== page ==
The insubstantial, disposable cardboard box was large and heavy. Its look was appealing and engaging and I ardently started unboxing it. I cared little to lay my school bag, foxed in a state of surprise. On tearing the box open a fair amount of straw was in view. From there soon appeared another box of slightly less proportion. It was followed by another layer of identical but disagreeable and irritable layer of straw. The boxes one after the other kept growing smaller and smaller but the seventh one though tinier and petite looking felt heavy. It held a stunner of disproportionate delusion. Two small tightly packed stones one lay above the other. On one of it was carefully printed, demanding attention, ‘Keep the bed bug here’ and on the other stone ‘hit the bed bug with this, forcefully’.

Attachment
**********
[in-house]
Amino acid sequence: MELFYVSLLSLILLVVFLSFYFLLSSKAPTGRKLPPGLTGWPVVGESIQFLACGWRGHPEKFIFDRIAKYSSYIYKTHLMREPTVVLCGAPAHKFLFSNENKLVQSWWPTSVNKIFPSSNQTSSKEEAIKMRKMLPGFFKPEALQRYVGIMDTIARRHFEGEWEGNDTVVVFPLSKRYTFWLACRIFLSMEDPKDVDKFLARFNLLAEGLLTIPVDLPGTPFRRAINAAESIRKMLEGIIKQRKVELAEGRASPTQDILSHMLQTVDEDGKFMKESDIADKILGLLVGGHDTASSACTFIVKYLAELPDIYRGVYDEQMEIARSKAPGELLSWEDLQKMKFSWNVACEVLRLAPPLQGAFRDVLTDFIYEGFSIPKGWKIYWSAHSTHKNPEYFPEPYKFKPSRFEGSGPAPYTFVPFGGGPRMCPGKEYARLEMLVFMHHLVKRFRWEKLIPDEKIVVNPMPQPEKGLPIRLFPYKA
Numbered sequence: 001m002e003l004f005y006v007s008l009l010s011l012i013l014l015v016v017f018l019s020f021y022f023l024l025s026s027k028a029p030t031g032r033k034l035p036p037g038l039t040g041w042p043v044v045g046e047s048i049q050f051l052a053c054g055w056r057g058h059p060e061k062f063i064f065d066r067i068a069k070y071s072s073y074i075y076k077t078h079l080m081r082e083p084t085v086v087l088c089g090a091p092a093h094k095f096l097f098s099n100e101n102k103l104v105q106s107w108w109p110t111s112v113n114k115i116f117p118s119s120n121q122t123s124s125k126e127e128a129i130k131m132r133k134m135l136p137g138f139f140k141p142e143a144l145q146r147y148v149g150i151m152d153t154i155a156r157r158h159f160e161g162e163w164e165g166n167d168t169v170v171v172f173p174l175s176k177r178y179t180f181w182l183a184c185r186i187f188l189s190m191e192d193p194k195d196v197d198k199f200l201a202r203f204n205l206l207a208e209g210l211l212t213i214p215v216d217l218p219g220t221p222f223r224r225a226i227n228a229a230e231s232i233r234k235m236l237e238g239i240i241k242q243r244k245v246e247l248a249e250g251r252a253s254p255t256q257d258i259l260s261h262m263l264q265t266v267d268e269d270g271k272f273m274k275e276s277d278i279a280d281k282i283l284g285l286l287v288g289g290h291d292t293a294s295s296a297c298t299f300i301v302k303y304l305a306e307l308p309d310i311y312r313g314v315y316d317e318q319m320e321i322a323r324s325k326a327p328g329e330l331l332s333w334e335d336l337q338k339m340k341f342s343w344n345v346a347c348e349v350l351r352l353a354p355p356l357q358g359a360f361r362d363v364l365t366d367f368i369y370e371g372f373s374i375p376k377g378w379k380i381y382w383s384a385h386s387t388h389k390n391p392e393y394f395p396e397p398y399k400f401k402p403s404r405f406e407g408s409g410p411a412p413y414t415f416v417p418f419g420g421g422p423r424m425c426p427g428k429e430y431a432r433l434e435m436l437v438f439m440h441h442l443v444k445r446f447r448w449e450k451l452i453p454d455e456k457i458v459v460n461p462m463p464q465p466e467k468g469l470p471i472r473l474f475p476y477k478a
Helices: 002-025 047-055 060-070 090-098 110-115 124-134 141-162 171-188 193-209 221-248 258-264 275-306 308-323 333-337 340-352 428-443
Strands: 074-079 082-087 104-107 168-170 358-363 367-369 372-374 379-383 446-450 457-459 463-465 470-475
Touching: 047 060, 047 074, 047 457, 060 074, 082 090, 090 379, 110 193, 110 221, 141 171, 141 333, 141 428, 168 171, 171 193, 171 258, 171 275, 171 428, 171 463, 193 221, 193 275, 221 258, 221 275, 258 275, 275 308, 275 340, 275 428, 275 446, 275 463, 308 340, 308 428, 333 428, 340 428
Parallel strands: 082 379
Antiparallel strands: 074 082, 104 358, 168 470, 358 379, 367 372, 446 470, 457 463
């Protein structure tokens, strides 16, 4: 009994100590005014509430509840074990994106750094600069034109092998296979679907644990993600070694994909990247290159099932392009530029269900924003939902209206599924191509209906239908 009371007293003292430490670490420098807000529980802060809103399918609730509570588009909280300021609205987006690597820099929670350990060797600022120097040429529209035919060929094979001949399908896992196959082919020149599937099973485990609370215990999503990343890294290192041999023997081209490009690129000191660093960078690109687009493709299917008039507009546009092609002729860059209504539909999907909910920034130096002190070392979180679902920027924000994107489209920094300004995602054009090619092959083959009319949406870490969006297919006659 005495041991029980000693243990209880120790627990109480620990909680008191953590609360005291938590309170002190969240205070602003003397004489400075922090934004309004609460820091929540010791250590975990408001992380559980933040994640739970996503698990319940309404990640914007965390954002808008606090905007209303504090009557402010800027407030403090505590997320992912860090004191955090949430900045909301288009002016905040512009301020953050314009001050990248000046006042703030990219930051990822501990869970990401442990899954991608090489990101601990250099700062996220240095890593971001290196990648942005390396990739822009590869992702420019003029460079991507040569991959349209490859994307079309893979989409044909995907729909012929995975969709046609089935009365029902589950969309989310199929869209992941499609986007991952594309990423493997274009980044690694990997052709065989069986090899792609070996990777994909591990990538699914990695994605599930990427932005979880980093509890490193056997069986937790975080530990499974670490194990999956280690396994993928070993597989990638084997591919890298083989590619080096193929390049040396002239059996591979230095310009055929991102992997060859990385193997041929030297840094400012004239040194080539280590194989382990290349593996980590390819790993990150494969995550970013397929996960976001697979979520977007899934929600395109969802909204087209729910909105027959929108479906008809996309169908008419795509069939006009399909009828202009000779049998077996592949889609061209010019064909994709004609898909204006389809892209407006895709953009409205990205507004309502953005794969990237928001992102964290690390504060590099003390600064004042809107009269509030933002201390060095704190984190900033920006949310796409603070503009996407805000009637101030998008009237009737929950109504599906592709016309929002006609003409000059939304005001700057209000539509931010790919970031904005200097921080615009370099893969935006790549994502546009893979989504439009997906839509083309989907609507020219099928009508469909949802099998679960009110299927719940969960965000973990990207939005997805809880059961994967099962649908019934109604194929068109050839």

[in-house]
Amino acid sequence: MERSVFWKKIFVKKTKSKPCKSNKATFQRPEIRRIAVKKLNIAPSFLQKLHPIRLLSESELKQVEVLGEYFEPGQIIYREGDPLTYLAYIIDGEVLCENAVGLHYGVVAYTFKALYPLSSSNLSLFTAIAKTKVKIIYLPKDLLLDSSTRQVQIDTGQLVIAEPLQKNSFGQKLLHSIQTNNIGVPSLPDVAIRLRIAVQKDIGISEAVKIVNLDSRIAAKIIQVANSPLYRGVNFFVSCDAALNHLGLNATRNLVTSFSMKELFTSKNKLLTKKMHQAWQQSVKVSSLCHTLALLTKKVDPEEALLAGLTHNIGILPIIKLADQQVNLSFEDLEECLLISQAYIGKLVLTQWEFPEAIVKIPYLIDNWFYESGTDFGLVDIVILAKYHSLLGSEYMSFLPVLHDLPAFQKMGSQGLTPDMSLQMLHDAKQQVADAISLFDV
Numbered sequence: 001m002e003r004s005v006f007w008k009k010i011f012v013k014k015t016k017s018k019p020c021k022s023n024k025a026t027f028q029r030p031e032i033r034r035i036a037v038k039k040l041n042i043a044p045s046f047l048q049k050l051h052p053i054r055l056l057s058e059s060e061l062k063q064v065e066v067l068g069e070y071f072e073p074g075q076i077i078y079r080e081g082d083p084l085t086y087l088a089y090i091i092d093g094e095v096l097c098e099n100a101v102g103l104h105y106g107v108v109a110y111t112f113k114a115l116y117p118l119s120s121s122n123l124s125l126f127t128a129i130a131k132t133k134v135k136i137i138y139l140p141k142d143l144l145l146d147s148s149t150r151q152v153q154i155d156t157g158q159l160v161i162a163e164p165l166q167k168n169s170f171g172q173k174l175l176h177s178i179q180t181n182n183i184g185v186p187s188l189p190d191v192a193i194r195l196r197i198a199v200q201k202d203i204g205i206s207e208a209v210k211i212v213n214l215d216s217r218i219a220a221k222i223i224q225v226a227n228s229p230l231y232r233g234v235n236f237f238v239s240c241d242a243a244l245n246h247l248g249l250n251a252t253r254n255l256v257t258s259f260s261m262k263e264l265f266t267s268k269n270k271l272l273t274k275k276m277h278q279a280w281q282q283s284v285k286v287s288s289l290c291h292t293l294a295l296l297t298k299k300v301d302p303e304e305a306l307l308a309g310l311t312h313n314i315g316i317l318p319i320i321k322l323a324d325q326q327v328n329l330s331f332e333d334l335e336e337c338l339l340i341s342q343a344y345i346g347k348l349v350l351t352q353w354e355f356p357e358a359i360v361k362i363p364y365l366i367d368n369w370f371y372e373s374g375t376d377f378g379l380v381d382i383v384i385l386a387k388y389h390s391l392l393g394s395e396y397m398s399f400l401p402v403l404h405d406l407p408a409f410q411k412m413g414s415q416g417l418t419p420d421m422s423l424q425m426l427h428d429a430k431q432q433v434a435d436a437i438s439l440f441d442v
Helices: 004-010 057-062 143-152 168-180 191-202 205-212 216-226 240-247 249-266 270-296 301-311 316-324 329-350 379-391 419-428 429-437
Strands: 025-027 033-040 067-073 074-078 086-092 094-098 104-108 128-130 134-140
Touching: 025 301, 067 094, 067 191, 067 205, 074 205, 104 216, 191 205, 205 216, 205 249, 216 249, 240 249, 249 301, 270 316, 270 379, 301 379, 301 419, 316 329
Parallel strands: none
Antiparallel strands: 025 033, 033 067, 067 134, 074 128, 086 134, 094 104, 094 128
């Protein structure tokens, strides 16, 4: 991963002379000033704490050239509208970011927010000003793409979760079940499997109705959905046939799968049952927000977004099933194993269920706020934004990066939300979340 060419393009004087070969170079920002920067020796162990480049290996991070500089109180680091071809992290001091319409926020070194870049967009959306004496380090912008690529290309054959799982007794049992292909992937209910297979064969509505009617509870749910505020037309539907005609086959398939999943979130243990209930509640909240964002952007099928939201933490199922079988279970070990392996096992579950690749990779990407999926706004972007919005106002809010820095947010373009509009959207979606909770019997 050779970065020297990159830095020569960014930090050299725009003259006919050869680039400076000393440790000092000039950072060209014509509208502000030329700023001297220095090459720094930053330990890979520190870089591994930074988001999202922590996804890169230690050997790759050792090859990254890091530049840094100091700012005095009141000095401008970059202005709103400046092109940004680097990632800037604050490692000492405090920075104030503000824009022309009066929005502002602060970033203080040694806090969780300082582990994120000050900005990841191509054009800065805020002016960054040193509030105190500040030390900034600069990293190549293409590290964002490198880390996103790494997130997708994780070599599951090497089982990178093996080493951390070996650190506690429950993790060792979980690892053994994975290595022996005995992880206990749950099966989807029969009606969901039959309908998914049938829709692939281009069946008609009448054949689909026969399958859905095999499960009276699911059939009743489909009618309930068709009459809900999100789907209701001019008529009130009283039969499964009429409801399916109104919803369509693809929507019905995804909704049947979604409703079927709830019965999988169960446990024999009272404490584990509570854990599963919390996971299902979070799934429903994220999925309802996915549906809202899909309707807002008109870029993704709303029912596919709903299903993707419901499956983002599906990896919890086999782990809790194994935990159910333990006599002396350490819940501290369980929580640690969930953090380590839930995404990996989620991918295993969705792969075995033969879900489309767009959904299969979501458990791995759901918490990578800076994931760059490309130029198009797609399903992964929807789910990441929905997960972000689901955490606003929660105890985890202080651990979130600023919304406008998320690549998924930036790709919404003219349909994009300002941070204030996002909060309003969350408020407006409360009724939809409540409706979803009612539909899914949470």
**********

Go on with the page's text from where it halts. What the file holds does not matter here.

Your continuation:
It is a pity that ‘Kapurush’, ‘The coward’ , is Ray’s less talked about movie and I know not in entirety why it failed to make an impact at the Venice film festival in 1965. It is a drama film where the protagonist is played by Ray’s all time favourite, Soumitra Chatterjee and the actress in it is Madhabi Mukerjee (plays Karuna’s role here and was also seen in Ray’s Charulata and Mahanagar). The plot is based on Premendra Mitra’s short story ‘Janaiko kapurusher kahini’, which literally translates into ‘story of a certain coward’. The story is an unremarkably simple one, dealing with the fate of two lovers, who love each other but never could make it to a marriage. And the accident in the story is equally elementary and unornamented when the two meet each other later after the girl had been married off to another man (played by Haradhan Bandopadhayay, as Bimal Gupta, a tea-planter). Ray’s storyline differs quite substantially from Mitra’s book in the sense that the backdrop of the movie is different which portrays some kind of a sophistication of an educated class and Ray’s actress had put herself in a cocoon shedding her childish sexual undertones, post marriage. Whereas, Mitra in his story paints Karuna with adult sexual connotation or more of an overtone who is desperate to leave her married life for Amitabha. But Ray didn’t alter Amitabha’s character making it an essential and pivotal one. This kind of a major change, which Ray had done in his other films lays the foundation for Ray’s human analysis, scene by scene in an austere and conservative convention. It is at par with that in other notable film makers worldwide, though to name only a few, who might have shared their beliefs as Ray did. The magic lies in the treatment of the celluloid by master craftsman and master story-teller Satyajit Ray and how he glorifies every character with lucidity and candor. Still it confirms to Ray’s taste for minimalism. Though himself a good weaver, Ray had his help from a very able and skilled editor Dulal Dutta and you get the feeling of reading a book page by page when you watch Ray’s films as you get the feeling of a cinema while reading ‘Tintin’ by Belgian Georges Remi who wrote under the pen name Herge. If one watches Kapurush very carefully a viewer will often be gifted ‘Double Entrendes’ by Ray through his script. It adds to the literary value of Ray’s films.